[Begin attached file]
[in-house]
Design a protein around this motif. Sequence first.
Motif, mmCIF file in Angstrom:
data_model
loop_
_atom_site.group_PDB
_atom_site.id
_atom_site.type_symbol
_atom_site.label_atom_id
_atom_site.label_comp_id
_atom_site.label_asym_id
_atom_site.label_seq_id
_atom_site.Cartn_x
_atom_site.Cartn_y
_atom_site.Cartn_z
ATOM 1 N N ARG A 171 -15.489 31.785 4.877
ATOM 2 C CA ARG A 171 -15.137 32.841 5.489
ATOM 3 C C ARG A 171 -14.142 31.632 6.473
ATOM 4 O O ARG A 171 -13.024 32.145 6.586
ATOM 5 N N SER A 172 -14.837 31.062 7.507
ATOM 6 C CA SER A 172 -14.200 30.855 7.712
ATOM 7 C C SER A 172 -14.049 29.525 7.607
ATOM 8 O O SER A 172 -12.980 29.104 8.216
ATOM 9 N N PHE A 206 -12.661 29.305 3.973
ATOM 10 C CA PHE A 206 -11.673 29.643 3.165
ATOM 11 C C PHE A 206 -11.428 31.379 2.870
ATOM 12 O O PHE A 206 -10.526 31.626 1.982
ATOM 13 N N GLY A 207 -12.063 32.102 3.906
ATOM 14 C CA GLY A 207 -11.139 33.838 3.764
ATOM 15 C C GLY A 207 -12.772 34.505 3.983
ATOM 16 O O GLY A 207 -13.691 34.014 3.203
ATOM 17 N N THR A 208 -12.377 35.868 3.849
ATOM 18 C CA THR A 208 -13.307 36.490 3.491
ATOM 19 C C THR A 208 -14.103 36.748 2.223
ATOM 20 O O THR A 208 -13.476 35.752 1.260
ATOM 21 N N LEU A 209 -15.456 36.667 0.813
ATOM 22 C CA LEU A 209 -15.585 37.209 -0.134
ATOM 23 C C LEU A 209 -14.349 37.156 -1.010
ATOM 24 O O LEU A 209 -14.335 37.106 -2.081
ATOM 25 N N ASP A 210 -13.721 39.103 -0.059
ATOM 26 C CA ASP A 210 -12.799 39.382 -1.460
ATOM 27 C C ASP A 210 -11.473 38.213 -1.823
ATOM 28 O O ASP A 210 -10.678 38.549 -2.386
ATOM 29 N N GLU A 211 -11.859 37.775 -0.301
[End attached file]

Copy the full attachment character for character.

[in-house]
Design a protein around this motif. Sequence first.
Motif, mmCIF file in Angstrom:
data_model
loop_
_atom_site.group_PDB
_atom_site.id
_atom_site.type_symbol
_atom_site.label_atom_id
_atom_site.label_comp_id
_atom_site.label_asym_id
_atom_site.label_seq_id
_atom_site.Cartn_x
_atom_site.Cartn_y
_atom_site.Cartn_z
ATOM 1 N N ARG A 171 -15.489 31.785 4.877
ATOM 2 C CA ARG A 171 -15.137 32.841 5.489
ATOM 3 C C ARG A 171 -14.142 31.632 6.473
ATOM 4 O O ARG A 171 -13.024 32.145 6.586
ATOM 5 N N SER A 172 -14.837 31.062 7.507
ATOM 6 C CA SER A 172 -14.200 30.855 7.712
ATOM 7 C C SER A 172 -14.049 29.525 7.607
ATOM 8 O O SER A 172 -12.980 29.104 8.216
ATOM 9 N N PHE A 206 -12.661 29.305 3.973
ATOM 10 C CA PHE A 206 -11.673 29.643 3.165
ATOM 11 C C PHE A 206 -11.428 31.379 2.870
ATOM 12 O O PHE A 206 -10.526 31.626 1.982
ATOM 13 N N GLY A 207 -12.063 32.102 3.906
ATOM 14 C CA GLY A 207 -11.139 33.838 3.764
ATOM 15 C C GLY A 207 -12.772 34.505 3.983
ATOM 16 O O GLY A 207 -13.691 34.014 3.203
ATOM 17 N N THR A 208 -12.377 35.868 3.849
ATOM 18 C CA THR A 208 -13.307 36.490 3.491
ATOM 19 C C THR A 208 -14.103 36.748 2.223
ATOM 20 O O THR A 208 -13.476 35.752 1.260
ATOM 21 N N LEU A 209 -15.456 36.667 0.813
ATOM 22 C CA LEU A 209 -15.585 37.209 -0.134
ATOM 23 C C LEU A 209 -14.349 37.156 -1.010
ATOM 24 O O LEU A 209 -14.335 37.106 -2.081
ATOM 25 N N ASP A 210 -13.721 39.103 -0.059
ATOM 26 C CA ASP A 210 -12.799 39.382 -1.460
ATOM 27 C C ASP A 210 -11.473 38.213 -1.823
ATOM 28 O O ASP A 210 -10.678 38.549 -2.386
ATOM 29 N N GLU A 211 -11.859 37.775 -0.301